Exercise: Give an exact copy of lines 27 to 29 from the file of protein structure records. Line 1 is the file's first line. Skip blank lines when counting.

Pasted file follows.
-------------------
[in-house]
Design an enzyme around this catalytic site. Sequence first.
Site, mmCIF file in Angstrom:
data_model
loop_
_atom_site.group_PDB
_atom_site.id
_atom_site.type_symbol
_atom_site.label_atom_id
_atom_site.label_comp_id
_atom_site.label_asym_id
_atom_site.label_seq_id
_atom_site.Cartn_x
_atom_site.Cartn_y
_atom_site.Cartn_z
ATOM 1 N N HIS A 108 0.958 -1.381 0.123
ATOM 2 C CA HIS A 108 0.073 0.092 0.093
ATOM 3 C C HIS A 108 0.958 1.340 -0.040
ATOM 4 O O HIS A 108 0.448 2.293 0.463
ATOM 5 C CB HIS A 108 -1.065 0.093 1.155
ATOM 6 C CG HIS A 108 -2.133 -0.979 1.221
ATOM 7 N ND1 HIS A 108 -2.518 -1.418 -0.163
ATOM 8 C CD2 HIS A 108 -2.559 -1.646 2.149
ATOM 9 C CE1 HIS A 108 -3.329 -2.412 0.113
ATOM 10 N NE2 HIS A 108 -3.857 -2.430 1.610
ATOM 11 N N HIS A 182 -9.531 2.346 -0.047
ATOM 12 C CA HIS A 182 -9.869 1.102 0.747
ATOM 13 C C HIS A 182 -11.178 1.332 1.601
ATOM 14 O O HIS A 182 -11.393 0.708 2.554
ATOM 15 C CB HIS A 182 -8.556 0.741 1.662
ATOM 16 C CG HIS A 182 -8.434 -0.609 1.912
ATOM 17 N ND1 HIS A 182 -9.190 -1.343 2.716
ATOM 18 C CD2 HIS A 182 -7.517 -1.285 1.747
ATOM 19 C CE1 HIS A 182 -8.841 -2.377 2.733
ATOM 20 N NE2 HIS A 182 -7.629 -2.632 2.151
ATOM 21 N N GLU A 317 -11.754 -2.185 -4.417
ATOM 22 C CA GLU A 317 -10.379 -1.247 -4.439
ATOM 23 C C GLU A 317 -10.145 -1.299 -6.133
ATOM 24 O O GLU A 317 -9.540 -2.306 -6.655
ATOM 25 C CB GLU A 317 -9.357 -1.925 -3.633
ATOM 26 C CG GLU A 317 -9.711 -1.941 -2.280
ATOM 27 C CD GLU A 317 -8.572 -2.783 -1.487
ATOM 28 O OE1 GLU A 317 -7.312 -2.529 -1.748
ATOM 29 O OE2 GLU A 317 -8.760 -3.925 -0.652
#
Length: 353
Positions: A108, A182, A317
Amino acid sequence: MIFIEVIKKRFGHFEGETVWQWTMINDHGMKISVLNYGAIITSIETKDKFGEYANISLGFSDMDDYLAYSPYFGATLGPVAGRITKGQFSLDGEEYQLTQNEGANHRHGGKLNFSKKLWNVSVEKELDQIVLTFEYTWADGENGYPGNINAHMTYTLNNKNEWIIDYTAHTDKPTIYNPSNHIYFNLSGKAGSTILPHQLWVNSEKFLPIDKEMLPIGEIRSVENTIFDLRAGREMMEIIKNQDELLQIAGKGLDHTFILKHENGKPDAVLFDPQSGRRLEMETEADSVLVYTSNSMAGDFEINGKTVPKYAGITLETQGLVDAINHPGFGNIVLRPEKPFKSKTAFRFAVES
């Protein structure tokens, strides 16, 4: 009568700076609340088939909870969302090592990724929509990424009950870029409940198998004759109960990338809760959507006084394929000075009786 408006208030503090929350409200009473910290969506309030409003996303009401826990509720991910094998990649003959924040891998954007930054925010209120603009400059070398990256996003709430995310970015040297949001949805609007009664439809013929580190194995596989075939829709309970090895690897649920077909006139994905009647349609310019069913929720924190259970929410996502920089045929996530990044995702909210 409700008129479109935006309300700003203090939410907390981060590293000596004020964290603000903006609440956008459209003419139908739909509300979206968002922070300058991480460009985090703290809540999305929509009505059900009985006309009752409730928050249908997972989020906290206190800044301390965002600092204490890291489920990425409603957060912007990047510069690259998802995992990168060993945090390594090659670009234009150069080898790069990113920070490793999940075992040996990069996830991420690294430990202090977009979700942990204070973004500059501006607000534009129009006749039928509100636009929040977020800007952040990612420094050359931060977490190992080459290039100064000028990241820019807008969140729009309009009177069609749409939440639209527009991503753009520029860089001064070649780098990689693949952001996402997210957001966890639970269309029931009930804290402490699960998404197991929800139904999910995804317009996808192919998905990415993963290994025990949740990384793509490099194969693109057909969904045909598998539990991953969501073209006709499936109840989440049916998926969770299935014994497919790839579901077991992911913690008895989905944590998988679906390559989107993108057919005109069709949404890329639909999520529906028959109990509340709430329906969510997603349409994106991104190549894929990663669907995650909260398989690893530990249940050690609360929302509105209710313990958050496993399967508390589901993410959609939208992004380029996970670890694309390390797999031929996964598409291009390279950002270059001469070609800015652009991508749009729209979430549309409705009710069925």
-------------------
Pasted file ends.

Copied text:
ATOM 12 C CA HIS A 182 -9.869 1.102 0.747
ATOM 13 C C HIS A 182 -11.178 1.332 1.601
ATOM 14 O O HIS A 182 -11.393 0.708 2.554